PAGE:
This is one of my cheeriest quilts, you can definitely see it was made in the transitional period between the dark Victorian quilts and the bright 1930's quilt. It is a circa 1910 Goose in Pond quilt and from Ohio. It is a fairly uncommon pattern to find and I was quite pleased to find it.
Here is a four block section, note again the blues and burgundy of the first quarter. Also the simple functional baptist fan quilting, another dating clue as this wasn't the time of elaborate quilting.
Here is one of the two blocks that have sawtooth 'coping strips' to make them fit into the top. Blocks like this always interest me, wonder what happened . . . was it a group quilt and some people didn't read the instructions, did the maker decide to recycle blocks that weren't quite the right size or did she really have technical difficulties???? In spite of, or maybe because I'm such a diehard on my own quilts, I love these 'maverik' or what was she thinking quilts (thanks Julie Silber for one of my fav. quilting phrases).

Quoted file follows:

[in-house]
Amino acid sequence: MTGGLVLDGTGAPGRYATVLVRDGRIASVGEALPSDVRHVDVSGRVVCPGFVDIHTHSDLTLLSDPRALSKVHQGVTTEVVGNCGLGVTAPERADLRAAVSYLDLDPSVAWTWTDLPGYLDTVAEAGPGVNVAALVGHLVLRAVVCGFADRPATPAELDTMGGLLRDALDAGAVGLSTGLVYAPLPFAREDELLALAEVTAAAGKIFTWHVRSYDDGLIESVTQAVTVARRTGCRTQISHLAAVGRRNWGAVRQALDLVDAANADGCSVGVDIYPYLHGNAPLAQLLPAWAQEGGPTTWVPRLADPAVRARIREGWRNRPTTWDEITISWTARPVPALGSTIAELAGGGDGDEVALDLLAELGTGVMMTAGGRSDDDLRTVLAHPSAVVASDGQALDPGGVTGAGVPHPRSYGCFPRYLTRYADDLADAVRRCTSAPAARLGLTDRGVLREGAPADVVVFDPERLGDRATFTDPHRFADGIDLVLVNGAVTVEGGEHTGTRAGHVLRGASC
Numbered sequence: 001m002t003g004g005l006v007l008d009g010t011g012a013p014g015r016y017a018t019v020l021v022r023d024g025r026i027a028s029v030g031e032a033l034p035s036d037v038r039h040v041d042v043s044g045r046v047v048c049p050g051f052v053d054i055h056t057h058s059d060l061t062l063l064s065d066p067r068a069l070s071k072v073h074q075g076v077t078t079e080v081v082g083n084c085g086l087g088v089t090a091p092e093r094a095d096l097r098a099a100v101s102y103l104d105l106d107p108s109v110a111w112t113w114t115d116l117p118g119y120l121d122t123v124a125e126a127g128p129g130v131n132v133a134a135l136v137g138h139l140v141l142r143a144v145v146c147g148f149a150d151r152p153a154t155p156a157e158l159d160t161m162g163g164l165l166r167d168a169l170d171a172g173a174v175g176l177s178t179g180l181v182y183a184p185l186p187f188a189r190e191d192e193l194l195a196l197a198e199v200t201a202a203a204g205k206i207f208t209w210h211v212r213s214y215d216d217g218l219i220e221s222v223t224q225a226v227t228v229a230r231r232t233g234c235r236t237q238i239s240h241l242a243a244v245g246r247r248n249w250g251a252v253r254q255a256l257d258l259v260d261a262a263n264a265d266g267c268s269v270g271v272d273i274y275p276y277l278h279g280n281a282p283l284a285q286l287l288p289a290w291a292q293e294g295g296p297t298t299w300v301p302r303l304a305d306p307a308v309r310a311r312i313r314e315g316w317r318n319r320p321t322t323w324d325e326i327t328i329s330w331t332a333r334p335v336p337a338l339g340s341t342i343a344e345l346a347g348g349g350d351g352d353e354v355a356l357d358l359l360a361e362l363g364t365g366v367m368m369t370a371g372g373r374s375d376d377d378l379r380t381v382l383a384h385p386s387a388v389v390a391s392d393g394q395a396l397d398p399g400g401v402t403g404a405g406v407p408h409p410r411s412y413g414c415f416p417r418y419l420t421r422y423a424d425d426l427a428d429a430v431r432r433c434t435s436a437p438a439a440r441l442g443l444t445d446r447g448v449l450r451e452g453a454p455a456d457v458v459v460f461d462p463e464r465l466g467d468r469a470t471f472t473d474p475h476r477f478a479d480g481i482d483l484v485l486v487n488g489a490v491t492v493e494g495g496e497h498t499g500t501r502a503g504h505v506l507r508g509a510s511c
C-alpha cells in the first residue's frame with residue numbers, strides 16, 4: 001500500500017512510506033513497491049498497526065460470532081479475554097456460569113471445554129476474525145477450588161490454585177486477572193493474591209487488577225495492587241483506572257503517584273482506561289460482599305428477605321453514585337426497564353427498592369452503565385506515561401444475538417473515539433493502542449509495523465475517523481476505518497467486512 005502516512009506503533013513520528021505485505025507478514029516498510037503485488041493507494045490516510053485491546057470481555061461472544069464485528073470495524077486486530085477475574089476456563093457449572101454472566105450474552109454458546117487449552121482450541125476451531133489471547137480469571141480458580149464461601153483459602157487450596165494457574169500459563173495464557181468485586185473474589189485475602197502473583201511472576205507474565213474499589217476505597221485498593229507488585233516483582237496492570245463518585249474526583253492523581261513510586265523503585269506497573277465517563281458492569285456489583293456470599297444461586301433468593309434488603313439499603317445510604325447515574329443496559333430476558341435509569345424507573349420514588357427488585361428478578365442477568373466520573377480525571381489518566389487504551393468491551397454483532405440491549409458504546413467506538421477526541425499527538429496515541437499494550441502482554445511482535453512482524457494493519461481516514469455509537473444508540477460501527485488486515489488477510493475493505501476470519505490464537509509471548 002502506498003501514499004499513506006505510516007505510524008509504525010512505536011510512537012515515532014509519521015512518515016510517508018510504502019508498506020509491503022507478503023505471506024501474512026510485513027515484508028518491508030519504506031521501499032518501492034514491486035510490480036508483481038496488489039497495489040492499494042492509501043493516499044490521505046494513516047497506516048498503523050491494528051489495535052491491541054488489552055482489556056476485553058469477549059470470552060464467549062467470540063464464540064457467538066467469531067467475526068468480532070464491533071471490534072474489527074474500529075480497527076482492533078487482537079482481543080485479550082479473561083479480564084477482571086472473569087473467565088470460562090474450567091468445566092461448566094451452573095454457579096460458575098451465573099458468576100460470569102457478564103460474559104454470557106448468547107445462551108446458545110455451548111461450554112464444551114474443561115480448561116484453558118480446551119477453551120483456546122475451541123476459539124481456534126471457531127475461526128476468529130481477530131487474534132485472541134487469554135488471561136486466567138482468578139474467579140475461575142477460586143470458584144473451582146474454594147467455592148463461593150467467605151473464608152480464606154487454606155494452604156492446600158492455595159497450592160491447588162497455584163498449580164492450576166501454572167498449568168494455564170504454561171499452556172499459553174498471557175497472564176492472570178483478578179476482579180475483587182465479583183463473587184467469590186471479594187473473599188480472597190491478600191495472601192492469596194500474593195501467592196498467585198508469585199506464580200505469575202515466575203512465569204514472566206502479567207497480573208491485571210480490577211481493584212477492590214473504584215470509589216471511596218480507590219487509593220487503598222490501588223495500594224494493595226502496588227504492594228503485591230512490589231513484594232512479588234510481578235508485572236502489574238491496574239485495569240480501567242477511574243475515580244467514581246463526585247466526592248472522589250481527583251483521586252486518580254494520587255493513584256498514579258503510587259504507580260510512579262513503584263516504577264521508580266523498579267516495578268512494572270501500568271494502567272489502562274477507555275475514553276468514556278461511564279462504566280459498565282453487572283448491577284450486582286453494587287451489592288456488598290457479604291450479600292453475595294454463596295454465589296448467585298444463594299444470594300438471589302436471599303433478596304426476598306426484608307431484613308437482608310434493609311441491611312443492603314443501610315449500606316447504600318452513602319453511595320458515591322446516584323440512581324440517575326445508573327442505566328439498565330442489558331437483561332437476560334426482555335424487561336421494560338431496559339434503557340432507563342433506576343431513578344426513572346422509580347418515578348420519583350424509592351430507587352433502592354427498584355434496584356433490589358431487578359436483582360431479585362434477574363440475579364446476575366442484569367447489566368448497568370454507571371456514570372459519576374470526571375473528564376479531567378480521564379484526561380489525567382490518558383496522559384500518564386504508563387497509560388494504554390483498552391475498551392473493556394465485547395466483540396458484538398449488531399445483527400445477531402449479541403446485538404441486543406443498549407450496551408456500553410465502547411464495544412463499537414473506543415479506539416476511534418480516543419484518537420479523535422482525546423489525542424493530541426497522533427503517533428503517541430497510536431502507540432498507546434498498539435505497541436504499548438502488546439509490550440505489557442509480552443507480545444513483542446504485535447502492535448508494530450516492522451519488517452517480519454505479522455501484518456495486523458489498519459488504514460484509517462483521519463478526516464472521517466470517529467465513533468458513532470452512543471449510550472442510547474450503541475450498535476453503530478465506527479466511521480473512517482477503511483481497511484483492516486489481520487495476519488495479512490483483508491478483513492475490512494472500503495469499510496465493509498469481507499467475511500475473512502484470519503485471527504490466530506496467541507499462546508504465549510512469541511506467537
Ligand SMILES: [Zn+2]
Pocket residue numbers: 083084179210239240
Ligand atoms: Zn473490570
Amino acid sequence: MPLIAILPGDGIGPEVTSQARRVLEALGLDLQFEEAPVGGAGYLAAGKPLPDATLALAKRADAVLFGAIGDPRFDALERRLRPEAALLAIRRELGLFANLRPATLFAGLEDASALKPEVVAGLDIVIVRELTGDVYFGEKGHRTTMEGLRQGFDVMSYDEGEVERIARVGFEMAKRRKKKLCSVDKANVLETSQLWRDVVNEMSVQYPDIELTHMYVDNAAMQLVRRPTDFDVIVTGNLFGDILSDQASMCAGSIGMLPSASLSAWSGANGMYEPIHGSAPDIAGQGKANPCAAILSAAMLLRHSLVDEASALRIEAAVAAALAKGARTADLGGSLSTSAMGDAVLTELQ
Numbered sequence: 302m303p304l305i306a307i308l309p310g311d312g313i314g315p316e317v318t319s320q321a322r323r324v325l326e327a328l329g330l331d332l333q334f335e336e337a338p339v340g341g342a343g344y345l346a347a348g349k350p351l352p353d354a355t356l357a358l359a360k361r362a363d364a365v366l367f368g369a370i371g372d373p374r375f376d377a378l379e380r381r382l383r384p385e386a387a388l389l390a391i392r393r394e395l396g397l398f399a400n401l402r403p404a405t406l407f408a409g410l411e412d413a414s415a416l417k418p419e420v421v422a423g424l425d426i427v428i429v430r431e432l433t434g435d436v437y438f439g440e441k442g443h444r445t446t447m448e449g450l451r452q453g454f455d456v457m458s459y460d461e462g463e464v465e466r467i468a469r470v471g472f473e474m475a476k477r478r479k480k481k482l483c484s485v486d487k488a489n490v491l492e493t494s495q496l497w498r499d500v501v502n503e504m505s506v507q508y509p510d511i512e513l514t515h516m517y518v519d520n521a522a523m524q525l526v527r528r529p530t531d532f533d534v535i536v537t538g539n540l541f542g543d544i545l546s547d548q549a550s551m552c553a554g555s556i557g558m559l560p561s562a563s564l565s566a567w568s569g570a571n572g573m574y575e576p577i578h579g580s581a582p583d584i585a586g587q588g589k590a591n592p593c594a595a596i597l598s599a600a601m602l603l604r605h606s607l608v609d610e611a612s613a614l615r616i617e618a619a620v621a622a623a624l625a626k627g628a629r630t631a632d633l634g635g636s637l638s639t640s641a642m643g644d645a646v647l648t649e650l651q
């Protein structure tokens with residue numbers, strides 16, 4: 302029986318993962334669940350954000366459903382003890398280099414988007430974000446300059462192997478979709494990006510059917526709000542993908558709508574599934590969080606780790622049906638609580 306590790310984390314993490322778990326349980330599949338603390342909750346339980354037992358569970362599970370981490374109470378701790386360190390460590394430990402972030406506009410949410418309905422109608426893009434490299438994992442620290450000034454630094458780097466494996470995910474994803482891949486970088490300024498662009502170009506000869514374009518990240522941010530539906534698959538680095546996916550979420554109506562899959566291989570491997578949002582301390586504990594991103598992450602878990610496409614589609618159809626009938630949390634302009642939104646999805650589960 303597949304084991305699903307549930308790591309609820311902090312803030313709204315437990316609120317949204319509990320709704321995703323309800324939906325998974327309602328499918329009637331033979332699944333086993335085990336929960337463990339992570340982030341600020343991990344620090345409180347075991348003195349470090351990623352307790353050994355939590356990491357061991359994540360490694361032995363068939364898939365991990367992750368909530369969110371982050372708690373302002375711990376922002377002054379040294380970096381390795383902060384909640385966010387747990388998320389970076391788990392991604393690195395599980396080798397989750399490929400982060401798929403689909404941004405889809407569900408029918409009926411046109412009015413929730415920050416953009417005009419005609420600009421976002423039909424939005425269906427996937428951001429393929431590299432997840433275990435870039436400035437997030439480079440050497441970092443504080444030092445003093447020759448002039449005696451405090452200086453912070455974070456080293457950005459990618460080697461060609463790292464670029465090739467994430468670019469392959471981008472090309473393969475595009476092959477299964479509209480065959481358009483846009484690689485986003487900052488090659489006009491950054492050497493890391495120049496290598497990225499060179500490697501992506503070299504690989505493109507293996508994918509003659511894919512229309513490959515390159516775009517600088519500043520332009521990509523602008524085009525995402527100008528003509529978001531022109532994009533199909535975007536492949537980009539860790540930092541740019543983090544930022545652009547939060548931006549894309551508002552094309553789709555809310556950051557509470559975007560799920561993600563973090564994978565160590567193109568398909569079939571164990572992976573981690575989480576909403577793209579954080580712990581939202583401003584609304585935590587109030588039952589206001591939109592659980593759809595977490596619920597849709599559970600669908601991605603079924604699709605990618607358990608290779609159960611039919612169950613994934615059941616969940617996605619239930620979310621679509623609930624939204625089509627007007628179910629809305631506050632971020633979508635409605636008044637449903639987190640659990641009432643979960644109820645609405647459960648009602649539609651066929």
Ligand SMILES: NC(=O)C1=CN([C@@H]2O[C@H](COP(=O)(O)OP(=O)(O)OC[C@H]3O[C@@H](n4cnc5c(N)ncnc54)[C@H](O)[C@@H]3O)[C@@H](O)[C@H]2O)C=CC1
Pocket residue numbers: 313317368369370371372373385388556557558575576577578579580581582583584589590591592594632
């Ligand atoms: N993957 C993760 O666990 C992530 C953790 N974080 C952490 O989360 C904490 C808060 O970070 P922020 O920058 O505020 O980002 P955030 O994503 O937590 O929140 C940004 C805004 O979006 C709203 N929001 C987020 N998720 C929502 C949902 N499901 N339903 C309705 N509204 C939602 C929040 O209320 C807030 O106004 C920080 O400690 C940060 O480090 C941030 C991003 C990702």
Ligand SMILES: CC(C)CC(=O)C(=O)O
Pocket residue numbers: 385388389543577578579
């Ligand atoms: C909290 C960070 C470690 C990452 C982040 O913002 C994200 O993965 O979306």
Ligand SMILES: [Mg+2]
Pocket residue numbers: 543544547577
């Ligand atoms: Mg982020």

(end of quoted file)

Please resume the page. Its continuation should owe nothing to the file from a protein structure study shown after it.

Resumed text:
It may be the person was a new quilter as this quilt has another unusual aspect: 3 different binding techniques were used - self binding (back brought to front), applied binding, and a knife edge. Again, don't know if it was a group quilt or a practice/learning quilt.